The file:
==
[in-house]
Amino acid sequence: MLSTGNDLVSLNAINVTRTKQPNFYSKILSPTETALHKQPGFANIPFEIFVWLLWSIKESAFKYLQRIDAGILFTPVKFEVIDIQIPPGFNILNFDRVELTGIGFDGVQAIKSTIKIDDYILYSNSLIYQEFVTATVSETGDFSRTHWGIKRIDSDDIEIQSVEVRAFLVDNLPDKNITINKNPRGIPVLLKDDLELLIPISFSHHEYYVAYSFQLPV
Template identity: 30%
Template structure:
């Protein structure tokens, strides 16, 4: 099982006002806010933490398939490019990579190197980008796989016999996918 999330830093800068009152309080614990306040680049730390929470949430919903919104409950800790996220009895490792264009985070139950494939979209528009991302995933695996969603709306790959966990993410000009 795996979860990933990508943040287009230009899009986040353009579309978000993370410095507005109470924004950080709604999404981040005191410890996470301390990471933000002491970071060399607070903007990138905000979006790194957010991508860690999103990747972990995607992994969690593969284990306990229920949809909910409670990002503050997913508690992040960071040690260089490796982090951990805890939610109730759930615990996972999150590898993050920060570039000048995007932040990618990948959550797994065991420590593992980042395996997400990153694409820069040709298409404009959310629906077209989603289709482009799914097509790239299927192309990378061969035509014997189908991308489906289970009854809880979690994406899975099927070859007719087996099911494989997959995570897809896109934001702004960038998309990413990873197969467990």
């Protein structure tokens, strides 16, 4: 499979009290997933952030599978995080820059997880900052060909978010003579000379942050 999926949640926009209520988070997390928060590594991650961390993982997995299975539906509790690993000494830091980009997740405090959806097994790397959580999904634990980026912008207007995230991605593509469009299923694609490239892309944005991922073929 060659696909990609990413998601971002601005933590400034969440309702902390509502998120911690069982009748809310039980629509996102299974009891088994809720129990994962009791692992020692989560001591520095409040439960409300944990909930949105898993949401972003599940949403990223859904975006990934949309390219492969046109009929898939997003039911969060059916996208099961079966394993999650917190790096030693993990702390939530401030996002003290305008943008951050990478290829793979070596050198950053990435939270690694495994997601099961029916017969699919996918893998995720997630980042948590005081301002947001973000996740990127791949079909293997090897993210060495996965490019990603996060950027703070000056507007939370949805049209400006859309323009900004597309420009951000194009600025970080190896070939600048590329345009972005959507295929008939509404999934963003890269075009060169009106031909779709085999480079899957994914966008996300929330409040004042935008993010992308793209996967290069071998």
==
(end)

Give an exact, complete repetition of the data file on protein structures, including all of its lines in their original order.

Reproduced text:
[in-house]
Amino acid sequence: MLSTGNDLVSLNAINVTRTKQPNFYSKILSPTETALHKQPGFANIPFEIFVWLLWSIKESAFKYLQRIDAGILFTPVKFEVIDIQIPPGFNILNFDRVELTGIGFDGVQAIKSTIKIDDYILYSNSLIYQEFVTATVSETGDFSRTHWGIKRIDSDDIEIQSVEVRAFLVDNLPDKNITINKNPRGIPVLLKDDLELLIPISFSHHEYYVAYSFQLPV
Template identity: 30%
Template structure:
């Protein structure tokens, strides 16, 4: 099982006002806010933490398939490019990579190197980008796989016999996918 999330830093800068009152309080614990306040680049730390929470949430919903919104409950800790996220009895490792264009985070139950494939979209528009991302995933695996969603709306790959966990993410000009 795996979860990933990508943040287009230009899009986040353009579309978000993370410095507005109470924004950080709604999404981040005191410890996470301390990471933000002491970071060399607070903007990138905000979006790194957010991508860690999103990747972990995607992994969690593969284990306990229920949809909910409670990002503050997913508690992040960071040690260089490796982090951990805890939610109730759930615990996972999150590898993050920060570039000048995007932040990618990948959550797994065991420590593992980042395996997400990153694409820069040709298409404009959310629906077209989603289709482009799914097509790239299927192309990378061969035509014997189908991308489906289970009854809880979690994406899975099927070859007719087996099911494989997959995570897809896109934001702004960038998309990413990873197969467990």
């Protein structure tokens, strides 16, 4: 499979009290997933952030599978995080820059997880900052060909978010003579000379942050 999926949640926009209520988070997390928060590594991650961390993982997995299975539906509790690993000494830091980009997740405090959806097994790397959580999904634990980026912008207007995230991605593509469009299923694609490239892309944005991922073929 060659696909990609990413998601971002601005933590400034969440309702902390509502998120911690069982009748809310039980629509996102299974009891088994809720129990994962009791692992020692989560001591520095409040439960409300944990909930949105898993949401972003599940949403990223859904975006990934949309390219492969046109009929898939997003039911969060059916996208099961079966394993999650917190790096030693993990702390939530401030996002003290305008943008951050990478290829793979070596050198950053990435939270690694495994997601099961029916017969699919996918893998995720997630980042948590005081301002947001973000996740990127791949079909293997090897993210060495996965490019990603996060950027703070000056507007939370949805049209400006859309323009900004597309420009951000194009600025970080190896070939600048590329345009972005959507295929008939509404999934963003890269075009060169009106031909779709085999480079899957994914966008996300929330409040004042935008993010992308793209996967290069071998």